Guest Blogger: Linda Snyder, Animal Friends' Communications Team
Recently, a friend of mine was talking about an unfamiliar cat that was visiting his back yard...a feral cat.
“There’s no such thing as a ferret cat,” a young woman remarked to my friend.
“Not a ferret cat,” replied my friend. “A feral cat!”
It's those kinds of conversations that remind us in the animal welfare world that we have a lot of work to do.
So what is a feral cat? He’s a cat who most likely has been born in the wild and has had little or no human contact. Because feral cats have never learned to enjoy contact with humans, most are afraid of people. Typically, ferals will run away from humans or crouch low to the ground to hide. They usually won’t eat in front of strangers, and they won’t meow at people. However, ferals can live and bond with other cats in a group called a “colony.” Colonies can be found everywhere: in cities, in suburbs, or in the country.
Not every cat wandering outdoors is feral, however. Instead, a cat trotting through your backyard could be a lost or abandoned stray cat, a cat used to living with people, or even a neighbor’s new pet. Oftentimes it’s hard to tell the difference.
Unlike ferals, stray cats may be friendly to people, but this is not always true. Some strays may fear humans simply because those strays are shy or scared. Likewise, stray cats that have been living outdoors a long time could begin to revert to feral-like behavior. However, when taken to a shelter, such stray cats often can be resocialized to become pets again.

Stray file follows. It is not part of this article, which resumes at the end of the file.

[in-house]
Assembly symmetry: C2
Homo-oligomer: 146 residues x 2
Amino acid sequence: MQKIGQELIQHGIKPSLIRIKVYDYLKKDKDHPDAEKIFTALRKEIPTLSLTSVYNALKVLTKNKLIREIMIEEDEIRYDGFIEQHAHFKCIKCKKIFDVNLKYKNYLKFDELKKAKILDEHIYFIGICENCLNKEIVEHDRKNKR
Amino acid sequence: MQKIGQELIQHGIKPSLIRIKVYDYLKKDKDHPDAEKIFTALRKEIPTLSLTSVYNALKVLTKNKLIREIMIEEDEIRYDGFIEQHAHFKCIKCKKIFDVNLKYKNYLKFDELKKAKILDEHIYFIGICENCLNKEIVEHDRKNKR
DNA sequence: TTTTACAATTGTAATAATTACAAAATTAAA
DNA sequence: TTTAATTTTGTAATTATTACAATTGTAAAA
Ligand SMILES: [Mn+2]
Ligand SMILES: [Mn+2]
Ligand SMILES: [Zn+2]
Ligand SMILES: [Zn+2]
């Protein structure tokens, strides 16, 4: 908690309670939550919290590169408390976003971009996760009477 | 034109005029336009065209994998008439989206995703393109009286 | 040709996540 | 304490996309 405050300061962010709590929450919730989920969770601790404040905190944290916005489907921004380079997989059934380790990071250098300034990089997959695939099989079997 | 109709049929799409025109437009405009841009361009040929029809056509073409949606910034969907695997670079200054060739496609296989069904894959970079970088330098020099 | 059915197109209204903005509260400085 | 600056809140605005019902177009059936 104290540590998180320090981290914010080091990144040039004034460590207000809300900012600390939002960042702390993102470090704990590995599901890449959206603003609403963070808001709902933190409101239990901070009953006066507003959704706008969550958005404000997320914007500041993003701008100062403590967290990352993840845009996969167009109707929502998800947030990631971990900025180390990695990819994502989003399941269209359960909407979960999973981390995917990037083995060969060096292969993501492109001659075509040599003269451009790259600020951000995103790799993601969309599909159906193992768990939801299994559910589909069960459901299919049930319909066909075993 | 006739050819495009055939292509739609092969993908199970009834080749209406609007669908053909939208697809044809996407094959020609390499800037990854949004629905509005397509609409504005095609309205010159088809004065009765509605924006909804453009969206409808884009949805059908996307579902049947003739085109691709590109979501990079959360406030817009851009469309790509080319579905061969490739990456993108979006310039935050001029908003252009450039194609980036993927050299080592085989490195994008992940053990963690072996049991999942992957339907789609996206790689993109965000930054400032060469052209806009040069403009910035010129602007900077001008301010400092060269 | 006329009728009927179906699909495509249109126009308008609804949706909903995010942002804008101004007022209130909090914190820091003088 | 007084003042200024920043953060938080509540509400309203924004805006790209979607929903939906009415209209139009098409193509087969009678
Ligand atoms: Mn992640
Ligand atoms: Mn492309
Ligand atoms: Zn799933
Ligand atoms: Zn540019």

Feral cats are content living outdoors; that’s their world. Most appear healthy and don’t look ragged or dirty. After all, they’ve grown up outside and know how to care for themselves there. Conversely, a lost or stray cat that has always enjoyed a pampered indoor life but ends up living outdoors may appear unkempt or skinny.
Feral cats live wherever they can find food and shelter: a dumpster behind a restaurant, a farm where they can nibble on leftovers or a city stoop where a well-meaning individual leaves food.
In many ways, ferals are the epitome of the independence for which cats are noted, and they have tremendous survival instincts.
However, ferals can use our help in many ways: by providing them with a regular supply of food, water, and shelter, especially in winter; by educating people who might not understand or might want to harm ferals; and by using trap-neuter-return practices to humanely reduce overpopulation and prevent the killing of ferals in shelters.
For more information on feral cats, please visit our page http://www.thinkingoutsidethecage.org/site/PageServer?pagename=Resources_Ferals